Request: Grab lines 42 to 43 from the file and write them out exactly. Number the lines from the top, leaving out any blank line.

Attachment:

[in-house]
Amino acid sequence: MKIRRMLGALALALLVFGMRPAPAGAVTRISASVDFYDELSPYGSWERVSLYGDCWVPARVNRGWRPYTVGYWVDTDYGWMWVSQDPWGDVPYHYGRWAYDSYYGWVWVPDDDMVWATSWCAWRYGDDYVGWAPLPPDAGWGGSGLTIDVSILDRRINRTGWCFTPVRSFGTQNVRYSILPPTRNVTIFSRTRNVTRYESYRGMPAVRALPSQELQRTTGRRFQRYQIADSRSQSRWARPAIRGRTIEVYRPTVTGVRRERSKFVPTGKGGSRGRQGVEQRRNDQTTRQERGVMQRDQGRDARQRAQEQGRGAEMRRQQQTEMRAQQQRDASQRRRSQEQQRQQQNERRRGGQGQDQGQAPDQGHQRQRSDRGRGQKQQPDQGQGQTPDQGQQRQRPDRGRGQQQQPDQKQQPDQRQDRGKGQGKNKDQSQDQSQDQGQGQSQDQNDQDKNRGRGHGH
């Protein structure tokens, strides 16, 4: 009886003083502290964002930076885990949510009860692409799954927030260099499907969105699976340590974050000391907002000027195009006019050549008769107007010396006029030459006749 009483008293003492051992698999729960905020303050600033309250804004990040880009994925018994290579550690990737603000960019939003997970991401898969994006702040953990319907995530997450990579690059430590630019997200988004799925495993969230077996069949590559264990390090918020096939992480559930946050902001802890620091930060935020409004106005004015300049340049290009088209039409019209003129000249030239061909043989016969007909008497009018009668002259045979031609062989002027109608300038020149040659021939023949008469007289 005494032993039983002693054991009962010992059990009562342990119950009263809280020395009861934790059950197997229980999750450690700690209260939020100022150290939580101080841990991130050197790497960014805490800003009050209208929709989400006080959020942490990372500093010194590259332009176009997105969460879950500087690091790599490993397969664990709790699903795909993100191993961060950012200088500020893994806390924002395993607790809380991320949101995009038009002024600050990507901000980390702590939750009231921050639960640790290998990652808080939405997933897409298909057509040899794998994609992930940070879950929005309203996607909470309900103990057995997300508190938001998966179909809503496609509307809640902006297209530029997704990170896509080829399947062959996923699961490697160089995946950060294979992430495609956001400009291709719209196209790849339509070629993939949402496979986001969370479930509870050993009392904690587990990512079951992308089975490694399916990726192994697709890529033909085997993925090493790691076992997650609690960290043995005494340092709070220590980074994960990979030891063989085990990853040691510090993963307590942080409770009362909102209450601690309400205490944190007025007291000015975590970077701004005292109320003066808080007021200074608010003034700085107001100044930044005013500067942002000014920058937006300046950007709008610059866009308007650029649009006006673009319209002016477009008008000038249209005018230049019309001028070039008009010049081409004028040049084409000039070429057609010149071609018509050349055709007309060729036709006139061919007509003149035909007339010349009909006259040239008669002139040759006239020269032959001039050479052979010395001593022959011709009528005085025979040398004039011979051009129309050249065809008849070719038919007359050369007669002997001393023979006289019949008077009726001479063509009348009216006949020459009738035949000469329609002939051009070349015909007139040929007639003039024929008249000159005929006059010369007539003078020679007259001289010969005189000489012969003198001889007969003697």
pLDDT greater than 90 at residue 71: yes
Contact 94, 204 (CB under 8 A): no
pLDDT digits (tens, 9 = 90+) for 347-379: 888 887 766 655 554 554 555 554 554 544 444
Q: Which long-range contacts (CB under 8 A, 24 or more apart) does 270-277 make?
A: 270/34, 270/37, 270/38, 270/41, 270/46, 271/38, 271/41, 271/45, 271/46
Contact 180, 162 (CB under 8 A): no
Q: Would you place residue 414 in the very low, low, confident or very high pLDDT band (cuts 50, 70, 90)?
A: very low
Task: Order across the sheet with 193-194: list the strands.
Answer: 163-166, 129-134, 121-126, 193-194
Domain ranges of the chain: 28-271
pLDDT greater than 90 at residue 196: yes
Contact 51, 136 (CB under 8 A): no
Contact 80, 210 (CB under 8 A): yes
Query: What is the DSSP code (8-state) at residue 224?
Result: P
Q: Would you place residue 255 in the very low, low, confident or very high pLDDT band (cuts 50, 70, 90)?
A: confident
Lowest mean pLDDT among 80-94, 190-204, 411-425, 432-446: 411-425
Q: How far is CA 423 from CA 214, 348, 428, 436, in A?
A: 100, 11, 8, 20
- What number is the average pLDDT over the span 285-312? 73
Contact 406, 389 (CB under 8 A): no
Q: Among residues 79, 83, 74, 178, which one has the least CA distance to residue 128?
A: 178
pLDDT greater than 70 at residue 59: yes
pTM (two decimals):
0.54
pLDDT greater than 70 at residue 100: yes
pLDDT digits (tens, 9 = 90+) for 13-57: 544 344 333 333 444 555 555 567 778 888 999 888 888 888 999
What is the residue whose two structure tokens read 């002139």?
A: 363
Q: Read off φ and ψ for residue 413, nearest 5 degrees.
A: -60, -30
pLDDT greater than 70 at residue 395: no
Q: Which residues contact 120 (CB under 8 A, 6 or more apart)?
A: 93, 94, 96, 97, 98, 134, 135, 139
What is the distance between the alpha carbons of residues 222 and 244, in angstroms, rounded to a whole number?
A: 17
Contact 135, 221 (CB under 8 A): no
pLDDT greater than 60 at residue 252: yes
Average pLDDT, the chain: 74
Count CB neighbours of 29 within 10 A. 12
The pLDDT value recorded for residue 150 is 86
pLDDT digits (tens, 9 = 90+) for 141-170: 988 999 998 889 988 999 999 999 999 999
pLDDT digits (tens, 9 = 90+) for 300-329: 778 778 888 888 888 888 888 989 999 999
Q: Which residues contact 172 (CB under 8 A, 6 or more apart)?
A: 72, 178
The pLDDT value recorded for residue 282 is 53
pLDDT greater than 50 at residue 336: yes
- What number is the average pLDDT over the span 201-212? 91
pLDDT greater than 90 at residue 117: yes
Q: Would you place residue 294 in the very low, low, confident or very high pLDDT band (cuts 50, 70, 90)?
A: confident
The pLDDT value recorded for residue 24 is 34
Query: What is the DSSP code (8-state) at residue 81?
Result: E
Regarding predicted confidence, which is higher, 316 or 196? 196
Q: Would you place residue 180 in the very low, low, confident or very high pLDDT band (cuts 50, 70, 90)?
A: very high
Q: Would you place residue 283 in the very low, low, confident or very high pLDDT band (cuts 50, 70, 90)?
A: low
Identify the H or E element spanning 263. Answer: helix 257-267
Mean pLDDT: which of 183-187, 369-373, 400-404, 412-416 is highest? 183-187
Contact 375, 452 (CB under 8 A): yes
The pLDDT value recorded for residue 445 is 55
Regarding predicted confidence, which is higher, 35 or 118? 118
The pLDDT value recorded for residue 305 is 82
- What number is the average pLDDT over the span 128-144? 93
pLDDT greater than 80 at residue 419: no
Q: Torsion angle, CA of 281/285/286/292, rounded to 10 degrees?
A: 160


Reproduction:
A: 17
Contact 135, 221 (CB under 8 A): no